I’ve been thinking a fair amount this week about Monday’s revelation that the Cooper Union administration reneged on one of the core commitments to emerge from this summer’s admin building occupation โ€” the promise to place an elected student on the college’s Board of Trustees.

As I said in my previous post, the Cooper trustees and administration have an obligation to honor their prior agreement. If they fail to do so, however, the students of Cooper Union have leverage they can bring to bear to make a democratic result more likely.

First, the full results of the consultative “election” that will produce the three final candidates for student trustee should be released. The Cooper community has a right to know which candidate was the students’ choice for trustee and by what margin, so that they can judge whether the trustees’ selection reflects the will of the student body. Since the student trustee balloting will be conducted by the Joint Student Council, the students’ representatives have the power to ensure that this information is made public.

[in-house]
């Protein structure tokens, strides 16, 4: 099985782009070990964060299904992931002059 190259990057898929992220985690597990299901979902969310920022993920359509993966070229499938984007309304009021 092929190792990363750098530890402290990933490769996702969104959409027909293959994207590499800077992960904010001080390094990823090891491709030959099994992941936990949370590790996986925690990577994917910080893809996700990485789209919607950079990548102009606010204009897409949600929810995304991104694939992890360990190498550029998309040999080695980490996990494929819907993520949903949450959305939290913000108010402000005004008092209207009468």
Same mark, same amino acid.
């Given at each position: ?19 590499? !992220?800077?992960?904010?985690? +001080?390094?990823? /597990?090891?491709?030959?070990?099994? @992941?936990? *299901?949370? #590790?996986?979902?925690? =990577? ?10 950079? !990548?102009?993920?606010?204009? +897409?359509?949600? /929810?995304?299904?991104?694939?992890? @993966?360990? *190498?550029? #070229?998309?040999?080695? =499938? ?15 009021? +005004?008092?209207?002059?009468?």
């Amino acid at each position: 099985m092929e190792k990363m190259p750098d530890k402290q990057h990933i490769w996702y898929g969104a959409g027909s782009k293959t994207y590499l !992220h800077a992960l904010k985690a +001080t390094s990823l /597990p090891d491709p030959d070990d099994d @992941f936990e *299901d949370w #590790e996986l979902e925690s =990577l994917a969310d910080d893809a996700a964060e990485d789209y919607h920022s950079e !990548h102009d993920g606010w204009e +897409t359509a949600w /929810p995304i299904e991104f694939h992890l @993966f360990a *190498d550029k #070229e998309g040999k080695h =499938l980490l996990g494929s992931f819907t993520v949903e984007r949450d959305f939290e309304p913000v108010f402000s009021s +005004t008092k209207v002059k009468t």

Second, student candidates for trustee should consider pledging to withdraw from consideration after the balloting if they do not win the plurality support of the student body, and students attending the candidate forum should consider asking them whether they intend to do so. If all candidates publicly pledged prior to the election to withdraw if they did not receive the most votes in support of the student who did, the trustee selection committee could be left with only one name โ€” the name of the students’ preferred candidate โ€” from which to choose.

These interventions wouldn’t be foolproof, of course, and they would do nothing to remedy other defects in the current proposal, such as the planned exclusion of the student trustee from executive sessions and the ineligibility of junior-year students for the position. But they could make it far more likely that the first student trustee would be the candidate of the students’ choosing, while drawing welcome attention to the administration’s violation of the summer agreement.